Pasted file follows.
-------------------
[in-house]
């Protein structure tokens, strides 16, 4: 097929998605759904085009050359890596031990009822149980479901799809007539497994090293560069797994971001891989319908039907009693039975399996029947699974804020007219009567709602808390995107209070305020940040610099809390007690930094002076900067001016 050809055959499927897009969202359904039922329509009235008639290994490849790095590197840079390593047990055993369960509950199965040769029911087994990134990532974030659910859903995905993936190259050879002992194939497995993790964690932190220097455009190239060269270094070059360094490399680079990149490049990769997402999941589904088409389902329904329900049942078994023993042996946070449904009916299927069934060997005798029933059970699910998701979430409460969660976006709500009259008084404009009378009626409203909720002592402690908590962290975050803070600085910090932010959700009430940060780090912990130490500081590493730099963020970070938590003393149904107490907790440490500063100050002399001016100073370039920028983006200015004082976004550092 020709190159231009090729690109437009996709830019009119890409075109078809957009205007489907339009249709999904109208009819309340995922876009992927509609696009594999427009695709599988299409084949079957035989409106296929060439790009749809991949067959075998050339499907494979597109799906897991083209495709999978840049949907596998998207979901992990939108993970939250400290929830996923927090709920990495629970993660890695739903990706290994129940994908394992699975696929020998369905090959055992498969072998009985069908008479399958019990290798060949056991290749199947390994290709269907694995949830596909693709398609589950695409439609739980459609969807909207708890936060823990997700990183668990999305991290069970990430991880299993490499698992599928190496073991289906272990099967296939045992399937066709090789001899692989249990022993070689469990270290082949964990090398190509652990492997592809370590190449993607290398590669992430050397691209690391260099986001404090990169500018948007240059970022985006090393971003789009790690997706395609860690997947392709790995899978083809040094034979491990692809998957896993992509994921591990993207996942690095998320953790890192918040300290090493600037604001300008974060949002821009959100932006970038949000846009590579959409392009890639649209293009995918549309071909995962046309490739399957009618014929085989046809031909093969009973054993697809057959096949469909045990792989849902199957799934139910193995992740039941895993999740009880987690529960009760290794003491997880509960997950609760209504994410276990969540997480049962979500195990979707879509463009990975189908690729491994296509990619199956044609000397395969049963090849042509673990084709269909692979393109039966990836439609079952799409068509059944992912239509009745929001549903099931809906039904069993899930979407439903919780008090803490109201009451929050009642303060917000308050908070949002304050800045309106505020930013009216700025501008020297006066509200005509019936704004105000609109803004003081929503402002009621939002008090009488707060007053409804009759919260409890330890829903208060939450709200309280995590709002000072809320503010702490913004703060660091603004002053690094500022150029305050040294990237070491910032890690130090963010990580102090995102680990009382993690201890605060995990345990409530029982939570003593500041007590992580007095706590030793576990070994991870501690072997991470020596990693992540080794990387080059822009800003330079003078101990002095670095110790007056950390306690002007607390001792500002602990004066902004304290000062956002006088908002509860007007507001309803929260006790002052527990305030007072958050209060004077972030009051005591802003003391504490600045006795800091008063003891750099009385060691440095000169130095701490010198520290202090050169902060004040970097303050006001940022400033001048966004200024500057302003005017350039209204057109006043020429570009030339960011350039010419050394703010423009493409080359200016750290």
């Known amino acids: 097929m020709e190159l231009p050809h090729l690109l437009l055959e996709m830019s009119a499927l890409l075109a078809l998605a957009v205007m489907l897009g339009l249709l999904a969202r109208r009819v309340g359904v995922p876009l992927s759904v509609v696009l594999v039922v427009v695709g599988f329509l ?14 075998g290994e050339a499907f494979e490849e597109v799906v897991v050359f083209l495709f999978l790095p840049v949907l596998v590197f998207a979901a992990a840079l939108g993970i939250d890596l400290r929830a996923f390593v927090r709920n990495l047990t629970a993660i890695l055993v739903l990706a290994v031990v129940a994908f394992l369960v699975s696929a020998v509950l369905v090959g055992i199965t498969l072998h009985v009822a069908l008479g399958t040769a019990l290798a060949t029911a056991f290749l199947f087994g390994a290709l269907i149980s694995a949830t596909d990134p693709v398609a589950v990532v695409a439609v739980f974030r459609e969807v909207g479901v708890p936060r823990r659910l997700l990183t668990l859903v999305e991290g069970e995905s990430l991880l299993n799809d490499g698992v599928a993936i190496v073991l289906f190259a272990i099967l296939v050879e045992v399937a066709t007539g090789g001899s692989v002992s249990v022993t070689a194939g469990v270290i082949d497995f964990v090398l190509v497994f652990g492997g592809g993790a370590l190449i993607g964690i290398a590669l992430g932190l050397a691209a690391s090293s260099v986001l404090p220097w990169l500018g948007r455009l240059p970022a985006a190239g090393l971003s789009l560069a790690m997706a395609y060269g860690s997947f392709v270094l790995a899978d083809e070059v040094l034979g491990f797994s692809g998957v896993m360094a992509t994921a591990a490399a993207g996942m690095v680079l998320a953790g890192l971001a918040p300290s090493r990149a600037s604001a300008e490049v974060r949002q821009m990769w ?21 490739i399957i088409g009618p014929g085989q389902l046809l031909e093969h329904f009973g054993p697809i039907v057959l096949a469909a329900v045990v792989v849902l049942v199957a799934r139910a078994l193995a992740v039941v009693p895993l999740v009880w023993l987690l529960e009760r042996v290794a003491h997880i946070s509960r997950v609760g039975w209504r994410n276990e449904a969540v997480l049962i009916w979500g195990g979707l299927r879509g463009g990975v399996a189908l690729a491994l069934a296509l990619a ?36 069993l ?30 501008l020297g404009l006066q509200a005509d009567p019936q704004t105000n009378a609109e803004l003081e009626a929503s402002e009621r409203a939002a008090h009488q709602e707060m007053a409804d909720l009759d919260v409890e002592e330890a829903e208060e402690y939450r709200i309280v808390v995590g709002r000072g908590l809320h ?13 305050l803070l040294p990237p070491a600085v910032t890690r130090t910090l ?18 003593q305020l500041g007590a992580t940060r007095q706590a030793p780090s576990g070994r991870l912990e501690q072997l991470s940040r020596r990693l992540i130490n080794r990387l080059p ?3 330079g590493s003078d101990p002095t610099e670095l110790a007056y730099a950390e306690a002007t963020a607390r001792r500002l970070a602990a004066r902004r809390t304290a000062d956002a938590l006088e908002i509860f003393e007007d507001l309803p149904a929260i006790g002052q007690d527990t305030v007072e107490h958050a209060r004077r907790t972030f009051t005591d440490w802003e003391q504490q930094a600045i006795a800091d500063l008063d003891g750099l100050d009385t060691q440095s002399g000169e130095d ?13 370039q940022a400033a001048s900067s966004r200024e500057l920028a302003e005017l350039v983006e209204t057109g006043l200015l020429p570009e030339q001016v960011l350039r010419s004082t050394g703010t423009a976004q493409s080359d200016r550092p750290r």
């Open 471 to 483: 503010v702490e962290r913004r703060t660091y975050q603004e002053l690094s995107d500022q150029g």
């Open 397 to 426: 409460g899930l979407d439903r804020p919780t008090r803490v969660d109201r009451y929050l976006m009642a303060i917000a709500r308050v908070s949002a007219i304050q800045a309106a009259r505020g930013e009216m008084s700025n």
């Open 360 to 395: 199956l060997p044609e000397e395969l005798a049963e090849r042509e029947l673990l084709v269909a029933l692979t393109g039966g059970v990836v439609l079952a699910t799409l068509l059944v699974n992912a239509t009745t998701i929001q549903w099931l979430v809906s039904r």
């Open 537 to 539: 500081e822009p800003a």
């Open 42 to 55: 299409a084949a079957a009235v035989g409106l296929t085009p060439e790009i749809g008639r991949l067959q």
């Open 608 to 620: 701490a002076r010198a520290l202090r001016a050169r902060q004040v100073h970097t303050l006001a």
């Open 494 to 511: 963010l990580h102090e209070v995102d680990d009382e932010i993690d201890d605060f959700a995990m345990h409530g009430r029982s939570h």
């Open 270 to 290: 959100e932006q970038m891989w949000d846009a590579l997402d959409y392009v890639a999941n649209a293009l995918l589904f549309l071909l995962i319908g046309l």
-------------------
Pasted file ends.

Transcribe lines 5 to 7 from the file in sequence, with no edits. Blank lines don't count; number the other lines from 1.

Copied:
């Open 397 to 426: 409460g899930l979407d439903r804020p919780t008090r803490v969660d109201r009451y929050l976006m009642a303060i917000a709500r308050v908070s949002a007219i304050q800045a309106a009259r505020g930013e009216m008084s700025n």
């Open 360 to 395: 199956l060997p044609e000397e395969l005798a049963e090849r042509e029947l673990l084709v269909a029933l692979t393109g039966g059970v990836v439609l079952a699910t799409l068509l059944v699974n992912a239509t009745t998701i929001q549903w099931l979430v809906s039904r």
């Open 537 to 539: 500081e822009p800003a």